According to a report at the time by newspaper La Opinión, Navarro had been waiting for the transplant for seven years. He worked for 15 years as a welder at Pacific Steel, before he lost his job after the company was audited by Immigration and Customs Enforcement agency, with 200 of its 600 workers laid off for being undocumented immigrants.
Family and friends of the patient were told by a hospital official that the transplant could not be performed even if they managed to raise the 200,000 dollars needed to pay for the procedure, because undocumented immigrants are not allowed to receive treatment.
In another case exposed by Europa Press, a dispatch from Washington states that a 14 year old African American boy was exonerated 70 years after his execution in South Carolina, when Judge Carmen Tevis Mullen ruled that he had not received a fair trial.
The boy in question, George Stinney Jr., was executed in 1944 and was so small that he had to sit on a telephone book to reach the headpiece of the electric chair, according to U.S. news agency NBC. Family members stated that the police interrogated the boy without his parents’ presence, while it took a white jury less than 10 minutes to find him guilty. The defense attorney didn’t even appeal the conviction.
The words ‘human rights’ hid beneath them events such as that of a youngster gunning-down his classmates, or another forced to sell sperm on a New York street corner; or the fact that every night, hundreds of human beings sleep under bridges in cities across the United States, with no food or shelter.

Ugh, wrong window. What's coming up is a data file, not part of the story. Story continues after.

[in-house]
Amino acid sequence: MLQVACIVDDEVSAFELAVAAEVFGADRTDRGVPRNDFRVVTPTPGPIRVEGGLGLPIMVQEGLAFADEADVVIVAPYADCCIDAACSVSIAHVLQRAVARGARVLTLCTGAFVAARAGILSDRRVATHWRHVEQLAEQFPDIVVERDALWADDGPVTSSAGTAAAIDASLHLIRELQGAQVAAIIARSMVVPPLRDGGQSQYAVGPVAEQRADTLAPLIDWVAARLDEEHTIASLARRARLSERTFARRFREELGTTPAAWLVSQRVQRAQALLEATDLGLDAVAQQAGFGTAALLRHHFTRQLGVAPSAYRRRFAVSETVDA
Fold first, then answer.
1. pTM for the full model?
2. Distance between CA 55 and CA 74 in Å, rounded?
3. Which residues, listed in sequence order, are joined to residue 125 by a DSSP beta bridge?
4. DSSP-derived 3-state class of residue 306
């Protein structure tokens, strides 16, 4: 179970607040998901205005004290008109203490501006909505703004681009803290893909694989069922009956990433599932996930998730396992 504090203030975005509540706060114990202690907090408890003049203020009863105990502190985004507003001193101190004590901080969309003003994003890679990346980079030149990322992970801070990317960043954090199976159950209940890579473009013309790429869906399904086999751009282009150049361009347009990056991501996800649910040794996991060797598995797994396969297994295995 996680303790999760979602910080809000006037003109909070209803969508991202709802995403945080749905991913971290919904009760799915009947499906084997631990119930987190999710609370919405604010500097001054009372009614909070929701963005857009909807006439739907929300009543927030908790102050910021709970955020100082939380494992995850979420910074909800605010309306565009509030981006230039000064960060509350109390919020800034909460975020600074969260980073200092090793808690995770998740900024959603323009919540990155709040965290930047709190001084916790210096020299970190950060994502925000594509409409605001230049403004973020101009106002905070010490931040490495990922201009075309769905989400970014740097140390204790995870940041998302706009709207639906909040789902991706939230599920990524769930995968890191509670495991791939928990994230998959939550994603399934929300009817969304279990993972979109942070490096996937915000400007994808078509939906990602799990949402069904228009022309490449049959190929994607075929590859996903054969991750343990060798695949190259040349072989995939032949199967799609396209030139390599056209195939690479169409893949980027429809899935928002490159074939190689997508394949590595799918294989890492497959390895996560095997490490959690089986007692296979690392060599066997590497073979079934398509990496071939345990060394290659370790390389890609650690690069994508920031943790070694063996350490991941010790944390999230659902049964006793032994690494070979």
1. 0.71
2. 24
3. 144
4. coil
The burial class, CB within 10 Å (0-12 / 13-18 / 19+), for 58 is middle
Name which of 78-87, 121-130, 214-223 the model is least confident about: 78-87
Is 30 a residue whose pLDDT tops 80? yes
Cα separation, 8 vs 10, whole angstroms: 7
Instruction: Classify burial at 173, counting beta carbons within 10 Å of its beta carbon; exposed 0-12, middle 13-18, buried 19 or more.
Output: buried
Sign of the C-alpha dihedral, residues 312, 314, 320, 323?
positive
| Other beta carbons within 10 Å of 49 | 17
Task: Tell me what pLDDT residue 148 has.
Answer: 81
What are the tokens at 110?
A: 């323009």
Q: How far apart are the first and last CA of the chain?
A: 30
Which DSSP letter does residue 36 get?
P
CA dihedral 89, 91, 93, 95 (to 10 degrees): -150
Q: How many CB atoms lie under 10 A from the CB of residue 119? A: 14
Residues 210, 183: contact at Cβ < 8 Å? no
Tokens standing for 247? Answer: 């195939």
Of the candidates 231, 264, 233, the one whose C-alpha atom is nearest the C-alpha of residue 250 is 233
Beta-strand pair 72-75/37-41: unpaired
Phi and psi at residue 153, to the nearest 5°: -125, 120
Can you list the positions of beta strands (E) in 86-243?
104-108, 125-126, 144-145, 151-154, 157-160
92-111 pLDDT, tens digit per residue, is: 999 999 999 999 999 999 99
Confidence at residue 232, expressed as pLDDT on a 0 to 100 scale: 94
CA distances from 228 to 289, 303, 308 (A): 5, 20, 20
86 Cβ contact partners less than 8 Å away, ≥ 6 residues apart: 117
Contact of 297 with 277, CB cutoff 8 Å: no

None of these are human rights abuses, according to U.S. standards.
Such examples, which are daily occurrences in the richest country on the planet, are never seen, heard of or cited by a man like Almagro – who can read and speak English – and is therefore more than capable of learning more about the monster from inside its entrails, instead of seeking out alleged violations in countries where human rights are more than just simple words, or a tool used by the media for political purposes.
In Venezuela, just like in Cuba, Ecuador, Bolivia, and other nations the OAS and Washington want to control, human rights consist of guaranteeing the people health; education for all; promoting racial and gender equality; ensuring that every citizen has the right to employment; and that no one dies because they can’t afford an organ transplant; that families never have to mourn the loss of their children, killed in a school shooting…
Isn’t illegally detaining prisoners in the criminal Guantánamo base where they are savagely tortured, denied the right to a lawyer, and imprisoned without officially being charged for over 10 years, a human rights abuse?
What is the economic and financial blockade of Cuba, intended to starve an entire nation, if not a flagrant violation of human rights?
Here is a bit of advice: Almagro should start to read – in English and in Spanish – the true history of human rights and democracy in the U.S., where the OAS headquarters is based and where these continue to be a pending issue.
Perhaps those who question the validity of the OAS, and if is it worth spending so much money on maintaining this den at the service of the empire, have a point.